Friday, June 28, 2013

Russian Food Ideas?

Next week is "Russia Week", and it's been hot. I don't want to bake or make soups. What to feed my children that is Russian....

I am planning to make blinis with cream cheese and smoked salmon atop. (Knowing my children, I won't even waste money on caviar!) I've got apricot jam and pickled vegetable jars to crack open, although I know my children won't be too interested in the beets. I know they'll eat eggs, cucumbers, bread, cheese, tomatoes, potatoes, and pirogi, so I guess that's what we'll be eating for most of the next week. I hope I can find some berries on sale somewhere. For herbs, time to use up the cilantro in the fridge and find some dill weed instead. And for drinks, vodka is totally out, but I bet my children will enjoy some sweetened, iced herbal tea.

Any suggestions from readers as to what to eat that is typically Russian on a hot summer's day? (In a house with no AC running?)

Tuesday, June 25, 2013

China Week

Last week our topic of study was China. While it's impossible to cover such a large country fully in just a week, our children are pretty young, so we think the following activities gave them a decent overview of China:
  • Numerous library books and DVDs about China (both fiction and nonfiction)
  • Netflix resources: Wild China, Kung Fu Panda sequels, Jackie Chan Adventures (the last was set in the US, but still contains much related to Chinese culture)
  • Find all animals at our local zoo that live in China (there turned out to be only a few)
  • Food: Eat with chopsticks; shop at an Asian market (live fish!); cook dimsum, egg rolls, and noodles; and drink milk substitutes (almond, rice, and coconut milks)
  • Culture: Host two Chinese women for a day (one was a specialist in ancient Chinese calligraphy and taught our children a lot about Chinese characters)
  • Craft: Make a Chinese gong, make paper, and make (and try to fly) kites
  • Religion: Learn about Tibetan Buddhism from a family friend, who led us in a short guided meditation and helped me cook "Buddha's Delight"
  • Computer: Chinese fables on
We had a great time and ate well. I have a lot of leftover Chinese food this week, but since we're studying the Philippines, which has a large Chinese population, it won't go to waste!

Sunday, June 16, 2013

Ecuador Week

In case you were wondering about the two most recent posts, we were just learning about Ecuador last week. Llamas hail from the Andes, part of which runs through Ecuador, and Panama hats are from Ecuador, despite the misleading name.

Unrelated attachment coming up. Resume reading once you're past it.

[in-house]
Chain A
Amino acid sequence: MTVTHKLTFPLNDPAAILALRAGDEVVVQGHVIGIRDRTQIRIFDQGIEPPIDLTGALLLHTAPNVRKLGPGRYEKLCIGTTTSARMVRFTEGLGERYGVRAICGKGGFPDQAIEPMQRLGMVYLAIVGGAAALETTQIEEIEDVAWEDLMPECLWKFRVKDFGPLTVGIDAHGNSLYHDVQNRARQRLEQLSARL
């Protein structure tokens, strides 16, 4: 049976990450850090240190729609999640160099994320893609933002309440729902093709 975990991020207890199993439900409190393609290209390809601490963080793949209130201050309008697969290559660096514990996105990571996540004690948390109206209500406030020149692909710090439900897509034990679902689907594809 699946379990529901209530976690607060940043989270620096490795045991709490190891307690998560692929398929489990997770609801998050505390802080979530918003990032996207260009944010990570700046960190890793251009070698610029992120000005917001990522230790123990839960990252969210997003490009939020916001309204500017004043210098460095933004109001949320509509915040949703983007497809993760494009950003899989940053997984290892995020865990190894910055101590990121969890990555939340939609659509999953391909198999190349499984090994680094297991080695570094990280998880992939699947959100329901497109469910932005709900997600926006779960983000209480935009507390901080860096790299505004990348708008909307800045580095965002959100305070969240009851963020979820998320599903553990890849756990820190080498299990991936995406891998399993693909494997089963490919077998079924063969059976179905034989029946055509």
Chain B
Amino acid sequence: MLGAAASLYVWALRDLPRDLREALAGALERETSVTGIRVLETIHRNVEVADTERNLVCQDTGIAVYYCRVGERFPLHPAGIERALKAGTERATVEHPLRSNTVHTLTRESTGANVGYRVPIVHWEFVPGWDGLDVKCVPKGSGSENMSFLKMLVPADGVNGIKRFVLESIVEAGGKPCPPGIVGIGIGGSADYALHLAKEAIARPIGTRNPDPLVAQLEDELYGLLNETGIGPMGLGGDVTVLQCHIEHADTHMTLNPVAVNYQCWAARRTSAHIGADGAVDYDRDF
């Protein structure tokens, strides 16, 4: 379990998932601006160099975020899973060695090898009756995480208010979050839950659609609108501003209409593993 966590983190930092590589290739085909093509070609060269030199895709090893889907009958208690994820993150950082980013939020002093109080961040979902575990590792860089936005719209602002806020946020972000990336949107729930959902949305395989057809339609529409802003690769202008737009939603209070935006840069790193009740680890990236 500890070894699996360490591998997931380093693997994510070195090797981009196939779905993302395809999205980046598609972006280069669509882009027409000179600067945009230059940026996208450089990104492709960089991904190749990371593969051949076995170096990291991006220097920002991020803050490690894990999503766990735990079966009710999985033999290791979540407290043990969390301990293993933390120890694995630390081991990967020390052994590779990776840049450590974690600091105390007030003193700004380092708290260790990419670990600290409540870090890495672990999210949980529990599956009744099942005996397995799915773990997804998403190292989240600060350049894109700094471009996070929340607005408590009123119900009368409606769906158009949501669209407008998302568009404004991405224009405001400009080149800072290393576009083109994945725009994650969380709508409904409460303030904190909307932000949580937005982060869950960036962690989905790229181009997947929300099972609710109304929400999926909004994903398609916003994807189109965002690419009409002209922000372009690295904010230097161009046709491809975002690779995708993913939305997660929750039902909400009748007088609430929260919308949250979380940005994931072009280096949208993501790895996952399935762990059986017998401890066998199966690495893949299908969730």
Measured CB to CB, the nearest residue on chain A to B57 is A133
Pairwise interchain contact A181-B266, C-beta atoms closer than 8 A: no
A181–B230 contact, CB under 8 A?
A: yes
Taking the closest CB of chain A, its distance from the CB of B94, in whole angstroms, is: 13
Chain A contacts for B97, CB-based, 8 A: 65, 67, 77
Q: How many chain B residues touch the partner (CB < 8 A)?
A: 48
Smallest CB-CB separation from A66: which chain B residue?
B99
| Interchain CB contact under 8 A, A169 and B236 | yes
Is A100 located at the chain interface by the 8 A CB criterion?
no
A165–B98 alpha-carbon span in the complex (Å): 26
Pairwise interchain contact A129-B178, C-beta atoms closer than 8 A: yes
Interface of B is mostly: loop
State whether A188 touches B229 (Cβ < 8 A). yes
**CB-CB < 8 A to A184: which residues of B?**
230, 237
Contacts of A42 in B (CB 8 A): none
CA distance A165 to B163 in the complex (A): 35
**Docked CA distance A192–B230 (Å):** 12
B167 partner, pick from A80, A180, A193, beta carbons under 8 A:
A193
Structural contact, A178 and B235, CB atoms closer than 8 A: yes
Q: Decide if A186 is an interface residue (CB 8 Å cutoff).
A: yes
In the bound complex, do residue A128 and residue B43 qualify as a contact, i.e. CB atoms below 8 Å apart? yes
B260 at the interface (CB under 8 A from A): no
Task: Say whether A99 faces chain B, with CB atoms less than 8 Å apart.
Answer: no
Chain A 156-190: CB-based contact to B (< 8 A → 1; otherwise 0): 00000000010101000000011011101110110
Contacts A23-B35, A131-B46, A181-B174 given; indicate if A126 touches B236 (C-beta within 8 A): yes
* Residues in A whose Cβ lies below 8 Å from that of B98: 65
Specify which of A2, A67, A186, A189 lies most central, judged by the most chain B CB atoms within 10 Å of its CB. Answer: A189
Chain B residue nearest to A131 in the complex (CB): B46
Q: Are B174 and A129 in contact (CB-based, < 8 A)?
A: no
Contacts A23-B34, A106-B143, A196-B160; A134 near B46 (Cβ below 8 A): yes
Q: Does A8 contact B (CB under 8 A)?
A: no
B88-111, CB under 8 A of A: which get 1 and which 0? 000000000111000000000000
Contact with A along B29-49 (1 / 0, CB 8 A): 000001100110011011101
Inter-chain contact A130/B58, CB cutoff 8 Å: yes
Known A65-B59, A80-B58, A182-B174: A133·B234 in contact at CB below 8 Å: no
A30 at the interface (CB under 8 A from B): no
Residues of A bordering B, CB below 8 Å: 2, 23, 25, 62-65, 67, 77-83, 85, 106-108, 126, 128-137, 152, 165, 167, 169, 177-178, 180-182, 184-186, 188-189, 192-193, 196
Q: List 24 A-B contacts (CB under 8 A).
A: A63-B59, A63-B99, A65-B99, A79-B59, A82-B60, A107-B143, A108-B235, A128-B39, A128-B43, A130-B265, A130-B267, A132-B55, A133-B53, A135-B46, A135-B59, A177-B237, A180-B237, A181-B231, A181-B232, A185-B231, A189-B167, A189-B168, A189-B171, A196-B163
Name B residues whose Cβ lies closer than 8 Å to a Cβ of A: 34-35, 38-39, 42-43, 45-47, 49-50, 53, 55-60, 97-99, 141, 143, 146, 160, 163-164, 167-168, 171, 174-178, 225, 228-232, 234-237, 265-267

Here's a summary of what we did during our Ecuador Week:
  • Read/watch library books and DVDs about Ecuador
  • Find a llama (surprisingly easy to locate in Colorado nowadays)
  • Culture: Invite an Ecuadorian-American couple over for dinner (I made seco de pollo and cured my own red onions in salt and lime juice for the salad!)
  • Food: Cook empanadas de pina, arroz colorado, and arroz con leche (this website is a great resource for Ecuadorean cooking)
  • Craft: Braiding hair, learn about Panama hats, make little figures out of migajon clay (white bread and glue) and paint them
  • Sport: Soccer with cousins
  • Music: Sing anthems of Ecuador and Guayaquil, make and play an antara flute
  • Religion: Tour the interior of a Catholic church
  • Netflix: Man vs. Wild (2.05), Voices of the Andes

Thursday, June 13, 2013


I saw this handsome fellow today.

Tuesday, June 11, 2013

Canada Week

This summer we're doing little formal schoolwork. What we're doing instead is learning all about a different country or U.S. state each week. Last week we learned about Canada. Here is a list of what we did to learn about Canada:

  • Read/watch miscellaneous library books and DVDs about Canada
  • Read aloud of an easy adaptation of Anne of Green Gables
  • Go to the zoo and identify animals that live in Canada
  • Color the Canadian flag and a map of Canada (easy to find these on the internet)
  • Food: maple syrup, butter tarts, apple juice, currants, poutine 
  • Culture: Invite a Canadian-American friend over and have her share a little about Canada with us
  • Watch some shows that take place in Canada (Dudley Do Right, Red Green Show)
  • "Reverse curling" on the garage floor (freeze disk of ice with a pipe cleaner handle in it, and use chalk to draw the skip)
  • Go camping in the U.S. Rockies (they are fairly similar to Canadian Rockies as to vegetation, appearance, and wildlife)
  • Craft: Make cheese curds for poutine (I ended up doing this one alone, my kids having shown no interest in it)
  • Computer: free time to play on websites Poisson Rouge and UpToTen since they are bilingual French/English sites
  • Listen to Inuit music, Canadian folk music, and Great Big Sea (a Canadian folk-rock band know for sea shanties) (Grooveshark was a good resource for finding much of this music)

Sunday, June 2, 2013


Earlier today: "Mom, we need more white paper. There's none left in the drawer. Or in the printer tray."

Tonight from the three-year-old as I try to sort paper and throw away (after photographing!) my children's creations and recycle their used paper with blank sides into the printer tray: "Mommy, don't throw any of my artwork away!"

How did people raise children before the invention of inexpensive paper?

And why did the three-year-old take a nap? It's past ten o'clock and she insists she's not tired yet. I am.